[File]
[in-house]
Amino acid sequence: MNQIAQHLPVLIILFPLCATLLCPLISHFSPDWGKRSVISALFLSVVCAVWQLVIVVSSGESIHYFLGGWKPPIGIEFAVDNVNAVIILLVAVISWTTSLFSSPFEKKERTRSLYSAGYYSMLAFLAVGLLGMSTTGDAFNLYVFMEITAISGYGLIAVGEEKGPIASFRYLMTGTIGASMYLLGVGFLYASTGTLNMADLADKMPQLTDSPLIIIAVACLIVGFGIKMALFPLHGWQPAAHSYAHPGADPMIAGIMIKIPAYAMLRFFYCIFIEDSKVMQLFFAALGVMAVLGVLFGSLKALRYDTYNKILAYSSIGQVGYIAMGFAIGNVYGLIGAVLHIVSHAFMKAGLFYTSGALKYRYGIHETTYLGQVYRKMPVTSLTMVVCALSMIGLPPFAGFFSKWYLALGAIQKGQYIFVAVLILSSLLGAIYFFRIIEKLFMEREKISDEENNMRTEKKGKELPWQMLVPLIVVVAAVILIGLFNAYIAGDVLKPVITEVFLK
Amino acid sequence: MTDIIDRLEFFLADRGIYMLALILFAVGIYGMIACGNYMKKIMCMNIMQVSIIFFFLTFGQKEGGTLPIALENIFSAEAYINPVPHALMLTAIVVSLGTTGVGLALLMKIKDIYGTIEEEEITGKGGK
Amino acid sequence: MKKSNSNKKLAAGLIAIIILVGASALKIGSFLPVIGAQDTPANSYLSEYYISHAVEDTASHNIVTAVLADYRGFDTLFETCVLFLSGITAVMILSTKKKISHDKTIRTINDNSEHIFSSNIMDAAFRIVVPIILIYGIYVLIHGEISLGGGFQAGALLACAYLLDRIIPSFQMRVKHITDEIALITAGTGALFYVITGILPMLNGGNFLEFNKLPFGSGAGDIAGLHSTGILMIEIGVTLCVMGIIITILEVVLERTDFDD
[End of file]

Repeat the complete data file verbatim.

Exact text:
[in-house]
Amino acid sequence: MNQIAQHLPVLIILFPLCATLLCPLISHFSPDWGKRSVISALFLSVVCAVWQLVIVVSSGESIHYFLGGWKPPIGIEFAVDNVNAVIILLVAVISWTTSLFSSPFEKKERTRSLYSAGYYSMLAFLAVGLLGMSTTGDAFNLYVFMEITAISGYGLIAVGEEKGPIASFRYLMTGTIGASMYLLGVGFLYASTGTLNMADLADKMPQLTDSPLIIIAVACLIVGFGIKMALFPLHGWQPAAHSYAHPGADPMIAGIMIKIPAYAMLRFFYCIFIEDSKVMQLFFAALGVMAVLGVLFGSLKALRYDTYNKILAYSSIGQVGYIAMGFAIGNVYGLIGAVLHIVSHAFMKAGLFYTSGALKYRYGIHETTYLGQVYRKMPVTSLTMVVCALSMIGLPPFAGFFSKWYLALGAIQKGQYIFVAVLILSSLLGAIYFFRIIEKLFMEREKISDEENNMRTEKKGKELPWQMLVPLIVVVAAVILIGLFNAYIAGDVLKPVITEVFLK
Amino acid sequence: MTDIIDRLEFFLADRGIYMLALILFAVGIYGMIACGNYMKKIMCMNIMQVSIIFFFLTFGQKEGGTLPIALENIFSAEAYINPVPHALMLTAIVVSLGTTGVGLALLMKIKDIYGTIEEEEITGKGGK
Amino acid sequence: MKKSNSNKKLAAGLIAIIILVGASALKIGSFLPVIGAQDTPANSYLSEYYISHAVEDTASHNIVTAVLADYRGFDTLFETCVLFLSGITAVMILSTKKKISHDKTIRTINDNSEHIFSSNIMDAAFRIVVPIILIYGIYVLIHGEISLGGGFQAGALLACAYLLDRIIPSFQMRVKHITDEIALITAGTGALFYVITGILPMLNGGNFLEFNKLPFGSGAGDIAGLHSTGILMIEIGVTLCVMGIIITILEVVLERTDFDD